The Unspoken Sin of Undecided

As a full-time education consultant, Allison Zmuda works with educators to grow ideas on how to make learning for students challenging, possible and worthy of the attempt. Over the past fifteen years, Zmuda has shared curricular, assessment, and instructional ideas, shown illustrative examples, and offered practical strategies of how to get started.

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By Connor McLeanStay on course

Senior year is weird. That adjective may be generic and bastardized to the point of near meaninglessness, but it holds true in this case. Looking back on my past year (and ignoring all the social aspects), I can honestly say that there is no odder and objectively awkward academic year than the last one.

The entire year is a series of life-altering decisions, and the speed at which they hit is both disorienting and a little surreal. We have to plan out our entire future in one 12-month period. And if it terrifies you even half as much as it scares me, then this is something that has to be addressed.

The barrage of questions start as early as the spring of your junior year. Smiling relatives and family friends leaning in at summer stuffy parties and asking the one question everyone dreads:

“So where are you applying to school?”

A moment of absolute panic sets in for most. You haven’t even thought about college! You just finished AP exams! You should have so many medals for surviving your junior year that it puts the Commander of NATO allied forces to shame! Why are these people asking you all these questions about your future? They have no right as adults who seem to have it all figured out to ask you all these questions! Yet despite your protests and your complaints, the questions will continue.

The most depressing part is that the interrogation doesn’t get easier (for those of you who are rising seniors). Questions of “Where are you applying?” become “Where did you get accepted?” Then, “Where are you going?” and then, finally, “What are you majoring in?”

Oh, the dreaded question of what are you majoring in. The previously intangible idea of what you want to be when you grow up suddenly becomes a very real, and – apparently – very pressing issue. You can no longer say you want to grow up to be the President or an Astronaut and have it be your primary goal. So many of the careers that we grew up thinking were possible are the ones that one in a million get selected for.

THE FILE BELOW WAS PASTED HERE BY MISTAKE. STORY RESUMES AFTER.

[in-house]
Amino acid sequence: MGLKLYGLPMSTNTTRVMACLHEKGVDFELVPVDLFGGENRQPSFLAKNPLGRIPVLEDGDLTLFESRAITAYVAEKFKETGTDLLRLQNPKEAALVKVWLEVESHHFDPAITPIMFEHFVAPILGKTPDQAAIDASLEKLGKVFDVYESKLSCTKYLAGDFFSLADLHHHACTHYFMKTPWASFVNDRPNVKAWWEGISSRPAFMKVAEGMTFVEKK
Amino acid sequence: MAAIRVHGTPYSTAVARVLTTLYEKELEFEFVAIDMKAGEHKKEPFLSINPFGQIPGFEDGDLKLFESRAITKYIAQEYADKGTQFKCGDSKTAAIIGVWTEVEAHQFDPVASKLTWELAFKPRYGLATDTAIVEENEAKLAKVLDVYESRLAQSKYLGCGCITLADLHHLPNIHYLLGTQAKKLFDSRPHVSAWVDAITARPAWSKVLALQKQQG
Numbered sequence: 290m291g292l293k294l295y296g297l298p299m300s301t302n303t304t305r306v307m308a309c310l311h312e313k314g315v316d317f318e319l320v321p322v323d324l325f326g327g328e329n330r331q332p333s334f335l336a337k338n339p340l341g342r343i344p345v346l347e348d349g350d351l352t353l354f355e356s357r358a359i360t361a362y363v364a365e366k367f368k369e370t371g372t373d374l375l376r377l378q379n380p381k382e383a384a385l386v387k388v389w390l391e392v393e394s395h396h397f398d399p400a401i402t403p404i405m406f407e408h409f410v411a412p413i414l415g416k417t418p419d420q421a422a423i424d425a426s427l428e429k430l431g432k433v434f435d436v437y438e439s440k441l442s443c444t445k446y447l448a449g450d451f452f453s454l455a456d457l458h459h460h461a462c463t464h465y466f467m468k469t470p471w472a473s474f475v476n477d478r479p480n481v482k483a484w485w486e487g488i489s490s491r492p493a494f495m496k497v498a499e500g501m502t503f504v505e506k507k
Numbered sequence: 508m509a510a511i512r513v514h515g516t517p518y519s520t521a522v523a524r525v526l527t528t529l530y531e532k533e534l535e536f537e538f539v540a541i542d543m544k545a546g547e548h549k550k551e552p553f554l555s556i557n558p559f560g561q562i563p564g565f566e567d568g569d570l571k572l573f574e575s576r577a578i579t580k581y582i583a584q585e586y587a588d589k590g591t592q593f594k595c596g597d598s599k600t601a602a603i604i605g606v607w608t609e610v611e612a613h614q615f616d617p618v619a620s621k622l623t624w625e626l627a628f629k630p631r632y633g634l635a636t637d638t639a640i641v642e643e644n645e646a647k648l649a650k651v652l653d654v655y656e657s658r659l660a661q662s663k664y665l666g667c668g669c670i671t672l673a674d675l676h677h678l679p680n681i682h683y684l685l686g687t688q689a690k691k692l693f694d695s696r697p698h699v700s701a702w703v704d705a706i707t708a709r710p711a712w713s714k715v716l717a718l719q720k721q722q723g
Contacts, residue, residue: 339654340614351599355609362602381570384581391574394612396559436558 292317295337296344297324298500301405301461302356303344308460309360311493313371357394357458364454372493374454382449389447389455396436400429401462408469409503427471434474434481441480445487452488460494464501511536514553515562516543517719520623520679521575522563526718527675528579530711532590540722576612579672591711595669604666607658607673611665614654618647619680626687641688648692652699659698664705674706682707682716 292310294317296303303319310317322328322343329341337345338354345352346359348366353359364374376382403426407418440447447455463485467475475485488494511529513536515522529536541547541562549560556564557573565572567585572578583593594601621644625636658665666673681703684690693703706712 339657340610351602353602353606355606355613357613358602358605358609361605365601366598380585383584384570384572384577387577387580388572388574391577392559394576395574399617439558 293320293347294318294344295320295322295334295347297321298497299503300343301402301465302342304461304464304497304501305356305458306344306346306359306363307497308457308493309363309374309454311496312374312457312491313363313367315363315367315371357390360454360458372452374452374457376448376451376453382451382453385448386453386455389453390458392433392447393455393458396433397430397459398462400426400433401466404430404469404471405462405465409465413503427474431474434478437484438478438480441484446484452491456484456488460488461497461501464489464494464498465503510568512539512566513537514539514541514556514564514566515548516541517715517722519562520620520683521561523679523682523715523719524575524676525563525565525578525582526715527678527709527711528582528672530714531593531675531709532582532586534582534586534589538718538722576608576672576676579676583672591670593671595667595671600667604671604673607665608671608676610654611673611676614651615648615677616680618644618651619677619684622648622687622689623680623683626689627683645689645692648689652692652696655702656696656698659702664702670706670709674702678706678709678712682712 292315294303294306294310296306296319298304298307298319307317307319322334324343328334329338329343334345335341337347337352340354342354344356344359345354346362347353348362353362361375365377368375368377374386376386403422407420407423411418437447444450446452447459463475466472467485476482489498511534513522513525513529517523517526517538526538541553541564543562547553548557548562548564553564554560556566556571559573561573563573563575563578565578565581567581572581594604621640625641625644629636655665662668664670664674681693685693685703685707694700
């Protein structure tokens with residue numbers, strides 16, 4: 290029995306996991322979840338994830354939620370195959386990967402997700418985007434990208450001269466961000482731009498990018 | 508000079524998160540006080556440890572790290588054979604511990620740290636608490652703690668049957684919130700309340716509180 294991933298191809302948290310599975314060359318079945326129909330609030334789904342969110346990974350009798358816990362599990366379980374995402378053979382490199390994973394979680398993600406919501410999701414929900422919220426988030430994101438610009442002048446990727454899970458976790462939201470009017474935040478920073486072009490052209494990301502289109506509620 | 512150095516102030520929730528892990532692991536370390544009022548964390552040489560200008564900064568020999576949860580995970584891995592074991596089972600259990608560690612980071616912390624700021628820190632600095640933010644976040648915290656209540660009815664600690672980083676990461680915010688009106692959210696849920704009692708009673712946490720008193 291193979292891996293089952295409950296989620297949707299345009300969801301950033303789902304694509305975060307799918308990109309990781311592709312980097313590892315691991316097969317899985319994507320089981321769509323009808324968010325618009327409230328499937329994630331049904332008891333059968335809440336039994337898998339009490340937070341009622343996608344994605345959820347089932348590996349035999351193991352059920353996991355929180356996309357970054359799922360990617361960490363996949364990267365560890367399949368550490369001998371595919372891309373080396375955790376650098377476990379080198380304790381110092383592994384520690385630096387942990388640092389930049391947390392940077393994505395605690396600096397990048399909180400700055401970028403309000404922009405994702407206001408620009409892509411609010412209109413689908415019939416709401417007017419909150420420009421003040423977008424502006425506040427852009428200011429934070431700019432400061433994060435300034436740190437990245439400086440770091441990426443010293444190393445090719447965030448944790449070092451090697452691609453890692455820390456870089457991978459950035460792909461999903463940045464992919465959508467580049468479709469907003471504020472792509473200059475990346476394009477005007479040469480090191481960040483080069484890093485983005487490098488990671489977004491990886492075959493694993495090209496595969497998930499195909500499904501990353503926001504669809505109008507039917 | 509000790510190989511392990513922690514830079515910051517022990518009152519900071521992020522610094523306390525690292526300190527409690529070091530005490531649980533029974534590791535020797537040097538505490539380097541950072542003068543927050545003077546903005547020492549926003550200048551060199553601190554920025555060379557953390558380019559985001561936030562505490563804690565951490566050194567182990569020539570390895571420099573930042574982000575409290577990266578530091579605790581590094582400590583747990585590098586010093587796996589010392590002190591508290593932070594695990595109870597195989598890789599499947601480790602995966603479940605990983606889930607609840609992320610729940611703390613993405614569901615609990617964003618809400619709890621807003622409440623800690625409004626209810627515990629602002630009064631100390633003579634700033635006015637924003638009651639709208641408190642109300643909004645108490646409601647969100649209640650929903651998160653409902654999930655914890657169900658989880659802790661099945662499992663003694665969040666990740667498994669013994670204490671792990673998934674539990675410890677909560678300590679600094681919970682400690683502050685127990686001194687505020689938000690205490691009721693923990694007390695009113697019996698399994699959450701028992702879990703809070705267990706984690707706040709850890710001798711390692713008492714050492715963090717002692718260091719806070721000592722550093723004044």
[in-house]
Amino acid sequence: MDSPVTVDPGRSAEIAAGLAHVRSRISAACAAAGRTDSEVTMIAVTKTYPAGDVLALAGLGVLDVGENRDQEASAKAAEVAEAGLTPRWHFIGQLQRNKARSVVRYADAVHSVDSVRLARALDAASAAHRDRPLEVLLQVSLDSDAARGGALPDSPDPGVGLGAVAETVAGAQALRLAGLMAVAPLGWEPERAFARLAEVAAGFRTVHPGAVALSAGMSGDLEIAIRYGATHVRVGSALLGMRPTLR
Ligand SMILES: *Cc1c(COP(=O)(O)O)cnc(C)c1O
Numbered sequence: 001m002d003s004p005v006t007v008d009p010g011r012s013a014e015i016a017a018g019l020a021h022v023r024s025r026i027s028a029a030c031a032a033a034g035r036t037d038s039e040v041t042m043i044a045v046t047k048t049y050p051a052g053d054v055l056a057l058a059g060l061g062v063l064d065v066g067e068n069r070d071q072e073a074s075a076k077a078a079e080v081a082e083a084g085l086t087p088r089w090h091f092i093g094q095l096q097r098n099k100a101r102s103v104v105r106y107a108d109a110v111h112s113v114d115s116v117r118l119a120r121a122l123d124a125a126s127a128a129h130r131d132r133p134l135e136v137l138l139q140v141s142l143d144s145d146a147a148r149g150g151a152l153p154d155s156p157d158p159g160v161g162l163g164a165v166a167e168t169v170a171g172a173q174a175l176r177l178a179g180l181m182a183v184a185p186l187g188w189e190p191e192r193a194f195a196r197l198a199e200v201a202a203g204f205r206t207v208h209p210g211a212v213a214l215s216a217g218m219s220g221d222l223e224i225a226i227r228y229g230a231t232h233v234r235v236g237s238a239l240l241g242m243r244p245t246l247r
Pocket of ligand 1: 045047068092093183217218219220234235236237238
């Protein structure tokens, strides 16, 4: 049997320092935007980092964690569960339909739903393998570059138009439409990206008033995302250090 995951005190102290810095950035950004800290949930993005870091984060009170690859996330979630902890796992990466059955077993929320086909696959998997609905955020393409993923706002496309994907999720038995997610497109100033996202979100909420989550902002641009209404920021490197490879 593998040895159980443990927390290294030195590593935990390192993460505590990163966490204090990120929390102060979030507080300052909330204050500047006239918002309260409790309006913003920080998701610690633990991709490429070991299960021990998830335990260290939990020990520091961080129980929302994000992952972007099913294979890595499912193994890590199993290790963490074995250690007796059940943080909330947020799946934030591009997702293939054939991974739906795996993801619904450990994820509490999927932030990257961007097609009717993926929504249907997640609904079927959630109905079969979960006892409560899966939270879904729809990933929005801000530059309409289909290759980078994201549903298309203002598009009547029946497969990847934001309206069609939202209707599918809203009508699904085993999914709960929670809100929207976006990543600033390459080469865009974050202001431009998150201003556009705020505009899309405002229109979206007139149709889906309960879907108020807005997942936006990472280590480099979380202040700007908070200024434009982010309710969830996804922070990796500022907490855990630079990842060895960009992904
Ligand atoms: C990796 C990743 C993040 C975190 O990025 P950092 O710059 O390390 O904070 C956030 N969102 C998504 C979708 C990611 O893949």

What seems to be everyone you know (and even a number of people you don’t) are asking what you’re going to be. What you want to do for the rest of your life. How you want to spend a majority of your remaining minutes. What you’re going to decide is more important to you. Trust me, it is okay to have it not figured out.

As a society we have an ill-conceived notion that everyone has complete and utter confidence in his or her own desires. That we all come out of the womb knowing we want to do information services, environmental law or cardiology, clad from birth in a suit or scrubs and ready to work.

Our culture shuns indecisiveness like it’s a disease that not everyone has. That maybe it can be expunged and we can all just fit perfectly into our roles if we start instilling career choices and majors early enough. We keep pushing back the choice earlier and earlier, suggesting high school classes for college credit that might contribute to some far off requirement.

It doesn’t matter what rules we make or how much students are encouraged to decide earlier, people will continue to be indecisive. The average college student changes their major twice. The average person changes their career three times over the course of their lifetime. There is nothing that can be done or said that will change the basic human instinct to evolve and change.

We don’t have it all figured out and likely never will. The hardest thing that we can come to terms with isn’t the fact that we don’t know what we’re doing right now, it’s that we likely never will have it completely figured out.

That’s not to say we can’t be happy or content with our lives. This isn’t meant to discourage you from starting down a career path that you genuinely enjoy just because you think you’ll eventually change. Nor is this to discourage you from going into a career that pays well.

This is simply saying to the three and a half million people who graduated high school this year, it is completely okay to not know. It is scary to be unsure and to not know what the future holds, but it will all work out. Call that cliché or unrealistic, but its true. At some point or another in everyone’s lives, they will be happy.

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